For the last four months, Chinese hackers have been persistently attacking the computer systems of The New York Times.
In October 2012, shortly after The New York Times had published an article which focused on the family riches of China’s Prime Minister Wen Jiabao, Chinese authorities blocked
both the English and the Chinese versions of the media company’s website.
However, as it turns out, China took things even further. Shortly after the publication of the article, cybercriminals presumably located in China began stealing the passwords of The Times employees with the aid of malware.
The Times had been using Symantec products to protect its systems against cyberattacks, but the antivirus software managed to identify only one piece of malware, while 45 pieces of custom malware evaded detection.
After monitoring their every move, the newspaper managed to block out the hackers. However, while they had access to the company’s systems, the attackers could have caused some serious damage.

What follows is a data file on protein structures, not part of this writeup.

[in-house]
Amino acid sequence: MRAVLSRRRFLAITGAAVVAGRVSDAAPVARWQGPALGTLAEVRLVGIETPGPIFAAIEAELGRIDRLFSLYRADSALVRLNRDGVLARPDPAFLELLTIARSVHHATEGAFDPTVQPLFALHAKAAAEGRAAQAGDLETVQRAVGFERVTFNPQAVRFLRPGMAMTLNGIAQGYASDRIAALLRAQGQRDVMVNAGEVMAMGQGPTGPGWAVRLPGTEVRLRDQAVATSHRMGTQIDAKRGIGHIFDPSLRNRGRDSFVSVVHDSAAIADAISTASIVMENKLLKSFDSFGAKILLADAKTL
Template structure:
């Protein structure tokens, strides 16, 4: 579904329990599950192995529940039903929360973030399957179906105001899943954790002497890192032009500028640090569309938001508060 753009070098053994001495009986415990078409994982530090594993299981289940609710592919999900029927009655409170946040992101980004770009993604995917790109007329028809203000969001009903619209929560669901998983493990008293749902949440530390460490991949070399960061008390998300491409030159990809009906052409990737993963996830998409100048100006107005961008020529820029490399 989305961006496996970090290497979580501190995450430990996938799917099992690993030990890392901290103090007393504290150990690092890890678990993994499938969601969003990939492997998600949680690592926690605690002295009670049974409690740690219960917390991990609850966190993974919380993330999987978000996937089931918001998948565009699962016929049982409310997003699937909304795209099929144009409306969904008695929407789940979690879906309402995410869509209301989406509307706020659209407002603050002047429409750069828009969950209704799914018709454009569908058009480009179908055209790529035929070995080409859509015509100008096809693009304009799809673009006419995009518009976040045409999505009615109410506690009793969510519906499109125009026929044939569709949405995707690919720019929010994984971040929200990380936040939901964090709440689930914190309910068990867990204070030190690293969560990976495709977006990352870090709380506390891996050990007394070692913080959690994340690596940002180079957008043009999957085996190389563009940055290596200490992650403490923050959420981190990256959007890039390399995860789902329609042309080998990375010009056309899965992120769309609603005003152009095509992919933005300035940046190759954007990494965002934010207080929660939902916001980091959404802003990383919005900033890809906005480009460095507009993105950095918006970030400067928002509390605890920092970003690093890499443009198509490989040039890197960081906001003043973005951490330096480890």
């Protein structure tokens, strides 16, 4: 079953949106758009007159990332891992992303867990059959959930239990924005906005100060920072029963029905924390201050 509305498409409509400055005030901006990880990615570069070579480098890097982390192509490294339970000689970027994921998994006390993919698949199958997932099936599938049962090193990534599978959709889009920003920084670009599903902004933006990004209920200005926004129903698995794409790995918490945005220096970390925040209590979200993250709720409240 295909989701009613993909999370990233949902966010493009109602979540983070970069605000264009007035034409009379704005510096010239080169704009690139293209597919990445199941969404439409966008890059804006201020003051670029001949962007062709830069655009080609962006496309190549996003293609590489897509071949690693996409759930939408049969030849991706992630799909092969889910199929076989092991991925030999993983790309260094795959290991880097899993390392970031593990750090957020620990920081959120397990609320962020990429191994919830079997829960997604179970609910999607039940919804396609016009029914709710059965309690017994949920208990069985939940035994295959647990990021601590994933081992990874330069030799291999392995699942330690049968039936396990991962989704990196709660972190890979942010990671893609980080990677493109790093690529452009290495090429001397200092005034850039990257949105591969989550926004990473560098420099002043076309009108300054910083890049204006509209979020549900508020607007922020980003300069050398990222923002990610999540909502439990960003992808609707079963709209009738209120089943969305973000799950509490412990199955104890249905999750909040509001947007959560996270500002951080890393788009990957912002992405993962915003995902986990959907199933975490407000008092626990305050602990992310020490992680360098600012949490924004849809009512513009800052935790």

They could have gained access to a lot of sensitive information and even attempt to shut down The Times’ computer systems completely.
However, evidence suggests that the hackers were simply after information related to the article published on Prime Minister Wen Jiabao’s wealth.
Particularly, they appeared to be after the correspondence of the head of the Shanghai bureau, David Barboza, the one who wrote the article on the Chinese PM.
In order to cover their tracks, the hackers compromised several computers located at various US universities and Internet service providers. They utilized these machines to carry out their operation.
Mandiant, the company hired by The New York Times to investigate the incident, says the attackers appear to be associated with the Chinese military.
China’s Ministry of National Defense denies the accusations, arguing that the country’s legislation prohibits such attacks.